The holotype of Idiopyrgus brasiliensis (MZSP 14598; MS, Campo Grande) could not be found in the MZSP collection and is therefore considered lost. Pilsbry (1924) did not indicate the type material of I. walkeri, which is a very unusual situation for that author; the specimen(s) could not be located in the ANSP collection, where most of his types are housed.

Molecular data

One juvenile and one adult specimen (paratypes of each of the new Idiopyrgus species) preserved in ethanol 98% were used for DNA extraction. With the exception of the holotypes and other paratypes of these species, all other available specimens of Idiopyrgus spp. are dry shells only.

DNA extraction followed the standard protocol of the QIAGEN DNEasy® Blood & Tissue Kit, with the addition of a repetition of the final step in order to increase yield. The following markers were target herein: (1) the barcoding fragment of the mitochondrial COI gene (c. 650 bp; primers LCO/HCO of Folmer et al. 1994); (2) the mitochondrial 16S rRNA gene (c. 450 bp; primers 16SarL/16SbrH of Simon et al. 1994); (3) the ITS2 region and the 5′ end of the 28S rRNA gene (c. 1,400 bp; primers LSU-1/LSU-3 and LSU-2/LSU-5 of Wade et al. 2006). The protocol for PCR were as follows. COI and 16S: initial denaturation at 96 °C (3 min); 35 cycles of denaturation at 95 °C (30 s), annealing at 48 °C (1 min), and extension at 72 °C (2 min); final extension at 72 °C (5 min). ITS2+28S: initial denaturation at 95 °C (3 min); 40 cycles of denaturation at 95 °C (30 s), annealing at either 50 °C (ITS2 section) or 45 °C (28S section) (1 min), and extension at 72 °C (5 min for ITS2 section; 2 min for 28S section); final extension at 72 °C (4 min).

The PCR products were assessed via agarose gel electrophoresis, cleaned (following the manufacturer’s protocol) with ExoSAP-IT™ (Affymetrix Inc.), and sent to Massey Genome Service (Massey University, Palmerston North, New Zealand) for Sanger sequencing. Sequences were quality-proofed and assembled in Geneious Prime (v.2020.2.2, Biomatters Ltd.). The consensus sequence of each marker was uploaded to GenBank (registration numbers are listed under each species entry below).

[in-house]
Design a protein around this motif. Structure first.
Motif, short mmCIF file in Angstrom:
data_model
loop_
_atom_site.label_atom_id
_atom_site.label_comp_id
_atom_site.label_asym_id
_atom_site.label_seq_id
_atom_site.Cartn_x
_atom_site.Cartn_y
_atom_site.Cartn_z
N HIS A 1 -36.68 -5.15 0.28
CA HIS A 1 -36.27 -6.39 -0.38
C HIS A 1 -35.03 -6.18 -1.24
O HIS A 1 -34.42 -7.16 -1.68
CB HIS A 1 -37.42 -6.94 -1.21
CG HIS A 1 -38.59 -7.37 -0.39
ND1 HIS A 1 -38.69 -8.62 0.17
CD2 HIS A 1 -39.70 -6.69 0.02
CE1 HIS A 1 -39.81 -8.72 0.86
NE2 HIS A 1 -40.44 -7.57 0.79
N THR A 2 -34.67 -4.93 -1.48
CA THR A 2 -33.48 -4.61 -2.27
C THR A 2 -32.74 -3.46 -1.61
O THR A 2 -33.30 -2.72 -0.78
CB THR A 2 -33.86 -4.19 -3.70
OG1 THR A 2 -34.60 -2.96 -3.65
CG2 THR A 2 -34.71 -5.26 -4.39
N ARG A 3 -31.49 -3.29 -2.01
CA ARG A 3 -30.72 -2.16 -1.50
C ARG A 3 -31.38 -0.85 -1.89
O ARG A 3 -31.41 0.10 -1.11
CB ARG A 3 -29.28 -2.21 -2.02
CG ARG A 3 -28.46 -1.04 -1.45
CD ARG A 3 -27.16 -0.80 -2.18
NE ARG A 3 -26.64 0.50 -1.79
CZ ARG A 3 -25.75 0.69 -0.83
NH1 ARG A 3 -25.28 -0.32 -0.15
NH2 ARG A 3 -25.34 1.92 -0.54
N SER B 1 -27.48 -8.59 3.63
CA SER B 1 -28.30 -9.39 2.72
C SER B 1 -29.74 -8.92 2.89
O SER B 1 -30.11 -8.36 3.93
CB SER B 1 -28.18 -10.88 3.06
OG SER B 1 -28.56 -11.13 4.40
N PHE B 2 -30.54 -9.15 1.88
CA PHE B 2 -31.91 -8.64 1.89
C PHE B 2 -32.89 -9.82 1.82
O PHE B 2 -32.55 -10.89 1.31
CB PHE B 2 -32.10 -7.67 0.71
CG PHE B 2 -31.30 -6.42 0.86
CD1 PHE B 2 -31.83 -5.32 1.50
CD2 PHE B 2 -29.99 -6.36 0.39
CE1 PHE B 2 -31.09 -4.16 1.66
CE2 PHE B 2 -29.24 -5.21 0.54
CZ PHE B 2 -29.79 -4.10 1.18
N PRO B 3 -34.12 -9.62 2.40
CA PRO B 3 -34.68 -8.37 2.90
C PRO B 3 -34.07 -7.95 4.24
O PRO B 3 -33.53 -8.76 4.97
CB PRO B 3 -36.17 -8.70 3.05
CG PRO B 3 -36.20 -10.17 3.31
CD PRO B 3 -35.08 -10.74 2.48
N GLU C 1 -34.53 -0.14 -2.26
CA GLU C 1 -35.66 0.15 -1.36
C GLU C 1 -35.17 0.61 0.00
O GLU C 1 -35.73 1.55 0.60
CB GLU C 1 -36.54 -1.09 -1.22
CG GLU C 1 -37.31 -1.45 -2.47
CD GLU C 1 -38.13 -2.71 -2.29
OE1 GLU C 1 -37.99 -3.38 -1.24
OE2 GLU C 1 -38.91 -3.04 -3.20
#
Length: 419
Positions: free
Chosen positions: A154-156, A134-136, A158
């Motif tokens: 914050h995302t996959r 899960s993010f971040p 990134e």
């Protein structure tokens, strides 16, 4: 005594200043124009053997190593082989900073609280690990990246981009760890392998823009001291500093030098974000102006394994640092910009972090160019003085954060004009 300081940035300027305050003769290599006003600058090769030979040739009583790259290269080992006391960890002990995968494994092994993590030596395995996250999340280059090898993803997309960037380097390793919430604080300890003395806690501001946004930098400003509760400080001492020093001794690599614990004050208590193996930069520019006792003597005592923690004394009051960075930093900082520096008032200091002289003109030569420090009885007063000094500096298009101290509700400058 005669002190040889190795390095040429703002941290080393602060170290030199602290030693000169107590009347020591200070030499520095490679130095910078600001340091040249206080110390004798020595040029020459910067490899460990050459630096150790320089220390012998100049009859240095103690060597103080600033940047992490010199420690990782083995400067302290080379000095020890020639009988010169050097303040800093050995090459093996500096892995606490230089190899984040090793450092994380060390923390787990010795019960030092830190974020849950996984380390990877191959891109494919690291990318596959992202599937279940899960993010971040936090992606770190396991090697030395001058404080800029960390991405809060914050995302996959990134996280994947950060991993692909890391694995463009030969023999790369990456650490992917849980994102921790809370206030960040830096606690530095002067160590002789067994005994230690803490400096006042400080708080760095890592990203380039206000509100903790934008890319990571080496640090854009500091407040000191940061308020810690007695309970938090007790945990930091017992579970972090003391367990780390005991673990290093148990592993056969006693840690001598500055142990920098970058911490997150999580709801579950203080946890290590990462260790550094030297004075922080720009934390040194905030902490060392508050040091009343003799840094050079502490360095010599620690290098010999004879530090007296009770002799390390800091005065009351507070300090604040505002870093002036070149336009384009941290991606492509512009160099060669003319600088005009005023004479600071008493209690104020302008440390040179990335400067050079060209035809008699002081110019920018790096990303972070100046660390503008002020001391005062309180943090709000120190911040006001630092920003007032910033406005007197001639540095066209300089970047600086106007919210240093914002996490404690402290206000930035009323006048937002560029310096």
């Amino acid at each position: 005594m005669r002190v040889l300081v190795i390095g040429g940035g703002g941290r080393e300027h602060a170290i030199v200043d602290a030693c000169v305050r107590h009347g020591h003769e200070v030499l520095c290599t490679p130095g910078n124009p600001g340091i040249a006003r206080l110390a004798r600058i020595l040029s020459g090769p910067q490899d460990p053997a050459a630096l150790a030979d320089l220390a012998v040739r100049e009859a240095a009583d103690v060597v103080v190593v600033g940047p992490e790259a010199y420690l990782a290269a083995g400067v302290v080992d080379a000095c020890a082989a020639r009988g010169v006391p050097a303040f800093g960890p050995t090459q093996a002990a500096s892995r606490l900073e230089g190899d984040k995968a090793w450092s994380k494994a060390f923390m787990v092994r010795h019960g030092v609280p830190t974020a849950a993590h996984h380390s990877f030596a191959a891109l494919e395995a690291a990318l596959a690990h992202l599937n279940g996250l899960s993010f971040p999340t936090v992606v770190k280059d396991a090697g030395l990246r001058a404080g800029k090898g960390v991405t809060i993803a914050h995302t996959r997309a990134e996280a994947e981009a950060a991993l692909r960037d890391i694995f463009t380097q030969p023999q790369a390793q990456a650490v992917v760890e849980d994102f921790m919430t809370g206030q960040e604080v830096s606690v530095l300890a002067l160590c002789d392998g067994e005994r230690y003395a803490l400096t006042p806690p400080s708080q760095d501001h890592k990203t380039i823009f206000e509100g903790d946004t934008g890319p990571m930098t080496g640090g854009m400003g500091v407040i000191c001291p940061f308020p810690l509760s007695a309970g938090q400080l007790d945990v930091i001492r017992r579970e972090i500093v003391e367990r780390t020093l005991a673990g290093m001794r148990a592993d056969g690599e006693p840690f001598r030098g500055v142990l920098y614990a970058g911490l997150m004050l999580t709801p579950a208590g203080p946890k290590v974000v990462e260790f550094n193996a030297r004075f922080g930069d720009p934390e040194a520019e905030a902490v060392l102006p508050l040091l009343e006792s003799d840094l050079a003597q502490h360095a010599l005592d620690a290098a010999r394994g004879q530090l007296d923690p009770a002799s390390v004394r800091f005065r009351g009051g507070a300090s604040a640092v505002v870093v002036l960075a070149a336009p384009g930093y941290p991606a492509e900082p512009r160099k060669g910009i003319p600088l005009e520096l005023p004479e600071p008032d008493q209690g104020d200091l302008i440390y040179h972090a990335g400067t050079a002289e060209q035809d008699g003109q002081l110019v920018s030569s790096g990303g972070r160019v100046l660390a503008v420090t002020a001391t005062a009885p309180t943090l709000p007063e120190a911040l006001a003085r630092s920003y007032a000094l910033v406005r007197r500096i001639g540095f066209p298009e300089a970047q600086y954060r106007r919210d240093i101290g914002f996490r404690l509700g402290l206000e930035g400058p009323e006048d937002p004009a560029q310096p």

The DNA sequences for the phylogenetic analysis were extracted from GenBank (Table 1), with a focus on Pomatiopsidae and Tomichiidae. Representatives of other closely-related families were also selected, including those families and genera in which Idiopyrgus has been historically classified or been considered related to, such as Amnicolidae, Assimineidae and Tateidae (e.g., Pilsbry 1924; Morretes 1949; Rey 1959). A Littorinidae species was chosen as outgroup (Table 1).

Table 1.

Species used in the phylogenetic analysis, with GenBank registration number of each marker, locality data, and reference. The taxa are arranged alphabetically for ease of use; type species of the genera are indicated by an asterisk after their name.

Taxon COI 16S 28S Locality Reference
Akiyoshia kobayashii Kuroda & Habe, 1958 AB611823 AB611822 AB611821 Japan, Shiga, Taga Kameda and Kato 2011
Amnicola limosus (Say, 1817) AF213348 AF212903 USA, Michigan, Blind Lake Wilke et al. 2001
Angustassiminea satumana (Habe, 1942) AB611803 AB611802 AB611801 Japan, Kagoshima, Kikai Is. Kameda and Kato 2011
Assiminea grayana Fleming, 1828* HQ623170 HQ623153 Germany, Lower Saxony, Varel Wilke et al. 2013
Assiminea hiradoensis Habe, 1942 AB611807 AB611806 AB611805 Japan, Nagasaki, Urakami Kameda and Kato 2011
Assiminea ovata (Krauss, 1848) KC109939 KC109991 South Africa, Western Cape, Knysna Lagoon Criscione and Ponder 2013
Paludinellassiminea japonica (Pilsbry, 1901)* AB611811 AB611810 AB611809 Japan, Ehime, Hiburi Is. Kameda and Kato 2011
Pseudomphala miyazakii (Habe, 1943) AB61815 AB611814 AB611813 Japan, Saga, Ashikari Kameda and Kato 2011
Falsicingula athera Bartsch in Golikov & Scarlato, 1967 HQ623172 HQ623155 Japan, Hokkaido, Etorofu Is. Wilke et al. 2013